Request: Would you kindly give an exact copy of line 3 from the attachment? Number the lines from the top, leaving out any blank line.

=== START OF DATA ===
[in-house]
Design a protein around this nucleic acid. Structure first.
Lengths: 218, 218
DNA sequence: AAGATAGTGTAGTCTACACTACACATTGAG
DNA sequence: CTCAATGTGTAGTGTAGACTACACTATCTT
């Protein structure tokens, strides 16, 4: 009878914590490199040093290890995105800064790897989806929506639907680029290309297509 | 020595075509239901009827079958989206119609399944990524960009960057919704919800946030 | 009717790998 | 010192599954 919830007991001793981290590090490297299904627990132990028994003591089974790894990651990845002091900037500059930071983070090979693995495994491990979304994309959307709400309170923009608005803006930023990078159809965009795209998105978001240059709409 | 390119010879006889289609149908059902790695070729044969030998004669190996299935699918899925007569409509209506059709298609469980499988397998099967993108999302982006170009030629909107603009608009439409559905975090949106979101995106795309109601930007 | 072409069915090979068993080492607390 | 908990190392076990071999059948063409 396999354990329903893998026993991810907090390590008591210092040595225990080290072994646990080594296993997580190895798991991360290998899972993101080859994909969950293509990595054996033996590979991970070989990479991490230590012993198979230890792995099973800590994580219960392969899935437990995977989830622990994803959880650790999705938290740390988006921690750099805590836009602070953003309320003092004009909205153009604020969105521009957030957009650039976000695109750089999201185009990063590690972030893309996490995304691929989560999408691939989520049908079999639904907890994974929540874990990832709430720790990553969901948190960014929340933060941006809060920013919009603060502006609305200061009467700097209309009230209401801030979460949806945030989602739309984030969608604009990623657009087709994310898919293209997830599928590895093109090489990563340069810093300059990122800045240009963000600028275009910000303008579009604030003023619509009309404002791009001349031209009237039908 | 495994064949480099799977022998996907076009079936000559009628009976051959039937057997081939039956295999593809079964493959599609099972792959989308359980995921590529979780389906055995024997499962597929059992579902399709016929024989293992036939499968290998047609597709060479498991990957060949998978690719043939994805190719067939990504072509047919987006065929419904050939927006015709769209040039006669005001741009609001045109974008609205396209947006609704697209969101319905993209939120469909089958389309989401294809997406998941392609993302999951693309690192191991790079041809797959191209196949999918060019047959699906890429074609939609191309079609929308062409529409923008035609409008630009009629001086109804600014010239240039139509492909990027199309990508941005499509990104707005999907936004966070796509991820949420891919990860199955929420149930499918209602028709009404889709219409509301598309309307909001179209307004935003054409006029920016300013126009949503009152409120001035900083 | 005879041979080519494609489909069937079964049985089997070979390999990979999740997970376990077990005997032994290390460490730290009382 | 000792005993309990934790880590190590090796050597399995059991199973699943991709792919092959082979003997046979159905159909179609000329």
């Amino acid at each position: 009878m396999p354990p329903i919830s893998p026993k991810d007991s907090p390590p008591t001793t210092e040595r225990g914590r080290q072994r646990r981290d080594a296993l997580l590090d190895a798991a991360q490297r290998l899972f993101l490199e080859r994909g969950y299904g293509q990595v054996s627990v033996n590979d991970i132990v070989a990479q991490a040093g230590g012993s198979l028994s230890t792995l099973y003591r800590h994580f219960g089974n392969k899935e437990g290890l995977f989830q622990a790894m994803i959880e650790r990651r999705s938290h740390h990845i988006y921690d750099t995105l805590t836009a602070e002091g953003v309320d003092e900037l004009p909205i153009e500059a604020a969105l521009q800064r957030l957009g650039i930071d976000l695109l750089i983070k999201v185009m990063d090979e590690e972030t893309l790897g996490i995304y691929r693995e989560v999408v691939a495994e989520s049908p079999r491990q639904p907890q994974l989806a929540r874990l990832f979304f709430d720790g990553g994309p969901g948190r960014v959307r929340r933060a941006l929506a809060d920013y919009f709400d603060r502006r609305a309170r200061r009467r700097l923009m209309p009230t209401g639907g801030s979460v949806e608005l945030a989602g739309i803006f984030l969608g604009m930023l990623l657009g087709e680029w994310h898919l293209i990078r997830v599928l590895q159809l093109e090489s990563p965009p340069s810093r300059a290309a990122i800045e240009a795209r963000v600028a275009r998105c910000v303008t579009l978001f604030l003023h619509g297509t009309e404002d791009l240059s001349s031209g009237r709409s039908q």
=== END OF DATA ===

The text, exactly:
Lengths: 218, 218